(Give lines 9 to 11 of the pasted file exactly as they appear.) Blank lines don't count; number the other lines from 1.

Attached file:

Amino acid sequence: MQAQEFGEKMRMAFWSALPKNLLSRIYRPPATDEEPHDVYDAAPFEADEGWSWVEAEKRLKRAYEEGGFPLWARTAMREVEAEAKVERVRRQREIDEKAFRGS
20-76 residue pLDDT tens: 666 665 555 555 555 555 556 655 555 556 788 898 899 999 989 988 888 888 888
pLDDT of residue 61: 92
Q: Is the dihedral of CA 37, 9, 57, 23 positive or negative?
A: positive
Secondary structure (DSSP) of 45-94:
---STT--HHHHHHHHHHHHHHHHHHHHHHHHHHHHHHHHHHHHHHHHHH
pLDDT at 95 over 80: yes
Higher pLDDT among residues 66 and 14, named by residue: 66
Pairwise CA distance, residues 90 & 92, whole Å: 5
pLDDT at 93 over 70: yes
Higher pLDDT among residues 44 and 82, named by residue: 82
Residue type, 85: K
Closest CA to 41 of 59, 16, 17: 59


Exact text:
Higher pLDDT among residues 66 and 14, named by residue: 66
Pairwise CA distance, residues 90 & 92, whole Å: 5
pLDDT at 93 over 70: yes